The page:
Postcards from the Bottom of the Well

By | 1 July 1997


No water here where dust is thick
and even patented. Her lepidopterist’s
eyes quivering behind brambles of jewelry
like an aphrodisiac for the terminally
numb. She listens to the whimpers
of broken-necked birds and thinks
of Latin names pinned to specimen boards.
A horripilation of moths drink
the dried saliva from her lips;
her face the pallor of the drowned.
No pencilled message and no subtext.
Too stingy even to buy a stamp. Here
we have an accurate depiction
of weariness, the solid memory of cushions.


You hang on those salted beachside walls,
fading in all seasons’ weather, hovering
over the mute phone at the top of the stairs.
Your crossed eyes the only thing
retaining any colour, other than a bruised
suggestion at your throat. The pursed lips
like the diagonal strike of a pawn
within the circumference of your face.
But it is the eyes which bind,
always at the pinnacle, beyond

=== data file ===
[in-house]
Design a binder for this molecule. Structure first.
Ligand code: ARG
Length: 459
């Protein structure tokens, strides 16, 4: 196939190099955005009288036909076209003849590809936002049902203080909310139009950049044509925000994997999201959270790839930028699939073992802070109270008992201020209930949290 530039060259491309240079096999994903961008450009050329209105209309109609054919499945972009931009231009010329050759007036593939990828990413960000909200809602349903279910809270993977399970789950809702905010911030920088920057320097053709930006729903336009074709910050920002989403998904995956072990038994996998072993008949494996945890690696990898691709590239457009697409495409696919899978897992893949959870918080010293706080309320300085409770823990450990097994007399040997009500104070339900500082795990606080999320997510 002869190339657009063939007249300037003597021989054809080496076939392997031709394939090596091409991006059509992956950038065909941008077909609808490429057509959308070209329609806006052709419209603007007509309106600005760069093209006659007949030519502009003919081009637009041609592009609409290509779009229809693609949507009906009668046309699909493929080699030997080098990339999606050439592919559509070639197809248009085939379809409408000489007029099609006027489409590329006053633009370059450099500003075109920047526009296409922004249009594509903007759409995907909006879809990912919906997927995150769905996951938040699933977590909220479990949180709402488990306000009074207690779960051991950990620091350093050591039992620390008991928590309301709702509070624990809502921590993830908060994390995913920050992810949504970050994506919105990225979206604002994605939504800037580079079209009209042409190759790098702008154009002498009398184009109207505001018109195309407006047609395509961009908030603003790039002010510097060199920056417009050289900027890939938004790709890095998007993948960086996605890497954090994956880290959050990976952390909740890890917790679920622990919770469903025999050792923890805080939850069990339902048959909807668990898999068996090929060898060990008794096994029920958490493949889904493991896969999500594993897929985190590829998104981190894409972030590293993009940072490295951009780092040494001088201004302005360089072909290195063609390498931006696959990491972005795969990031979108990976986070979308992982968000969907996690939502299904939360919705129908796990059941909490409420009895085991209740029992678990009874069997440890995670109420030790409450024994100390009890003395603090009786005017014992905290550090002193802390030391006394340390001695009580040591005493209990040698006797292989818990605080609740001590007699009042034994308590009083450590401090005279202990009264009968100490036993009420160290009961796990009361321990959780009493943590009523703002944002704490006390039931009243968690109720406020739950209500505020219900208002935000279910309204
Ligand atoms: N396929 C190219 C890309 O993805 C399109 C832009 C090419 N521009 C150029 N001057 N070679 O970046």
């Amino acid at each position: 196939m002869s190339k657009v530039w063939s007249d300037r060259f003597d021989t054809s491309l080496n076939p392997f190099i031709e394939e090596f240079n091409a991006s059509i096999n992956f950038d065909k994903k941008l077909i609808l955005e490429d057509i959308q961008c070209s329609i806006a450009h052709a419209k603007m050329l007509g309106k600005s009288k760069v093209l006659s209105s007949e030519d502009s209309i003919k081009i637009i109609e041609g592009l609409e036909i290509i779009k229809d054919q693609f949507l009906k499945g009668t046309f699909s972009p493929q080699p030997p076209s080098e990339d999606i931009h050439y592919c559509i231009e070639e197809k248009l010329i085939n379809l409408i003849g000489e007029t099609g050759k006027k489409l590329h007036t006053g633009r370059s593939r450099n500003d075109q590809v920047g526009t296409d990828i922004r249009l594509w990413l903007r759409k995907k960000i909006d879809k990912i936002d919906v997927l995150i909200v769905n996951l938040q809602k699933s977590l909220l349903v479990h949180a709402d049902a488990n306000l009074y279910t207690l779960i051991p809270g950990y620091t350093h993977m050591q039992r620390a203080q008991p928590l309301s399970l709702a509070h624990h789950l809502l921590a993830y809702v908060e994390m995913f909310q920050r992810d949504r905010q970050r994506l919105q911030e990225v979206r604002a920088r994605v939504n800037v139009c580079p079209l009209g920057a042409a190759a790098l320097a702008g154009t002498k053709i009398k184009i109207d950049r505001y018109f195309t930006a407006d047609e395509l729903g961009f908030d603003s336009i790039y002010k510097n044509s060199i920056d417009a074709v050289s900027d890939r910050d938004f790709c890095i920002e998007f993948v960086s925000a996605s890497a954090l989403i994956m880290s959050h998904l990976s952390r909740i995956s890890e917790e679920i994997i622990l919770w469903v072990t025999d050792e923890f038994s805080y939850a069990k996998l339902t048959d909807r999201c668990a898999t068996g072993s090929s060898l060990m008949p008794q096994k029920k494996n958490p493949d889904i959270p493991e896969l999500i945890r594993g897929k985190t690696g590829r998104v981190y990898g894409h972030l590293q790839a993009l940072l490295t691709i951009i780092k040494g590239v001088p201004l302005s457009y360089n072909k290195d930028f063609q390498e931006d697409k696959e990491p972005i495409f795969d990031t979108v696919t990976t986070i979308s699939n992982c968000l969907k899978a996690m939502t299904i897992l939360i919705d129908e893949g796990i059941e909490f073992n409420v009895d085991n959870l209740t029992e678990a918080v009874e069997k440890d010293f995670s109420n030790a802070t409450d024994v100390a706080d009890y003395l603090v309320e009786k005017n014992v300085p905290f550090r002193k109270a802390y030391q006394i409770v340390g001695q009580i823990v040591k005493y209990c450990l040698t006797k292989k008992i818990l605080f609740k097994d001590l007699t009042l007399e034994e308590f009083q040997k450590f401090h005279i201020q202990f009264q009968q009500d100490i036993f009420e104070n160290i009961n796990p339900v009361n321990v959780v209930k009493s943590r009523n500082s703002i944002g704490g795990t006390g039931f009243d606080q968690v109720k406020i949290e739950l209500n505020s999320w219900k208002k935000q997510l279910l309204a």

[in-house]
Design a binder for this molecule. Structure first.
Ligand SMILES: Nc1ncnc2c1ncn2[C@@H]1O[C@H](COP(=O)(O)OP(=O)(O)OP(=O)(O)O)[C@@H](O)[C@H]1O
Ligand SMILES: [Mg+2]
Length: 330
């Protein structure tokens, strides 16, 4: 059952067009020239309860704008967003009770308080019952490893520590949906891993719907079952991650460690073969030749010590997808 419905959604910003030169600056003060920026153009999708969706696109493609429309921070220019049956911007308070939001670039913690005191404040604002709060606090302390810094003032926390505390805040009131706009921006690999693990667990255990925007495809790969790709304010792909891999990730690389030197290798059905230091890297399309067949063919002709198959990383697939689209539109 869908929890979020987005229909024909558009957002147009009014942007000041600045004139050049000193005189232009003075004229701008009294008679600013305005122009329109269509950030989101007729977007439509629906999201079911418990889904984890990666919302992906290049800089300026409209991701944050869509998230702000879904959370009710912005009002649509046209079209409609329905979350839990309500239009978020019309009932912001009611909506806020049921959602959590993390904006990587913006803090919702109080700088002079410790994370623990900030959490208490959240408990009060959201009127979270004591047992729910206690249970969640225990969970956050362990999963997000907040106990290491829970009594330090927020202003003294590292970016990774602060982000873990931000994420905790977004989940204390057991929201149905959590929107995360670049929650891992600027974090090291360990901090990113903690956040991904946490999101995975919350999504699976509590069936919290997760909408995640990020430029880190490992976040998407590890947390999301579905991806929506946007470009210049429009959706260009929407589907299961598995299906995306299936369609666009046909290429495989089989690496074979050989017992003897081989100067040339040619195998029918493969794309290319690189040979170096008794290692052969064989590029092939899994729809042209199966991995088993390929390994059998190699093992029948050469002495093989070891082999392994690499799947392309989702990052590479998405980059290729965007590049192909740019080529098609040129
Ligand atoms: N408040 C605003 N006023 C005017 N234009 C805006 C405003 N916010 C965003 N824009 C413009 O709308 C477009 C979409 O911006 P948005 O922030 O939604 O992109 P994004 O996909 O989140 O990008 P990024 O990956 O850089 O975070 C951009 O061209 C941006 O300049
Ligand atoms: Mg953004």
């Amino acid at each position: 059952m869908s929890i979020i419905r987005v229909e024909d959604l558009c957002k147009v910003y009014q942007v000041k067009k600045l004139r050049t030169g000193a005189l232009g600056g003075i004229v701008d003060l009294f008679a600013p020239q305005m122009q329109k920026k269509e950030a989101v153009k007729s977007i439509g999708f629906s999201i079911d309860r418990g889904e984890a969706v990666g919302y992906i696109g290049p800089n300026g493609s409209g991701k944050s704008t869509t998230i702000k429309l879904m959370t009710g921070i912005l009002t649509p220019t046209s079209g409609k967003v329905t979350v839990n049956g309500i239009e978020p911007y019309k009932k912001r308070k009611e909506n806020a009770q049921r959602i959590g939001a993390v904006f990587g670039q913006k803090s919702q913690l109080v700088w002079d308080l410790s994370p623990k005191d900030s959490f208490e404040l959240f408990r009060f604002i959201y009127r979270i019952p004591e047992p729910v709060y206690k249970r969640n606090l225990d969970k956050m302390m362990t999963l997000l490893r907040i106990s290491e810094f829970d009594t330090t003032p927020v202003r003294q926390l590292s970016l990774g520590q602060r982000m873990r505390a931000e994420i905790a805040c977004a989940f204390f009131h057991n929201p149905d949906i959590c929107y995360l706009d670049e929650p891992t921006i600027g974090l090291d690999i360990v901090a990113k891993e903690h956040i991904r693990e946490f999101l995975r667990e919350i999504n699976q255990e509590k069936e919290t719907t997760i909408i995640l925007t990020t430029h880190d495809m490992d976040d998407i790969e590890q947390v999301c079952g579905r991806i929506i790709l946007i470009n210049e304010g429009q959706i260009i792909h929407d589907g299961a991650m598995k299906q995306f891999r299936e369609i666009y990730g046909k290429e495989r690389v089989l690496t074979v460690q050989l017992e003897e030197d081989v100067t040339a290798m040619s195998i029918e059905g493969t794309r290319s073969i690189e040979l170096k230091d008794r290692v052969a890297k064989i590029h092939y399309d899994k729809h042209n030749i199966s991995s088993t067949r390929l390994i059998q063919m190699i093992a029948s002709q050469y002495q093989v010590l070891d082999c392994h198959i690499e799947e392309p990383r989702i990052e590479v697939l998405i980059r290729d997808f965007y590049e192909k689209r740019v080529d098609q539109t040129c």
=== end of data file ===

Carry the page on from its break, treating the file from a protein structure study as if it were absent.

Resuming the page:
the reach of water, whom everybody hated
that lived there, their red intensity lost.
On my blind side, unnoticed, they have blended
chameleon-like into subsequent walls


At last the surface of water
is manifest, though it could be the sky.
Unseen mosquito larvae frenetic
in the shade of a bridge. Punctured
membranes of publicised dreams
litter the stillness and eventual peace.
A floating spider poised on the lake’s
meniscus. Reflections of willows
conjure quiet violence, mud settling
on the bottom, a school-bag filled
with stones, the ripples dissipating
after a swamp-hen has shrieked across
the dinner plates of water lilies
clattering into the reeds

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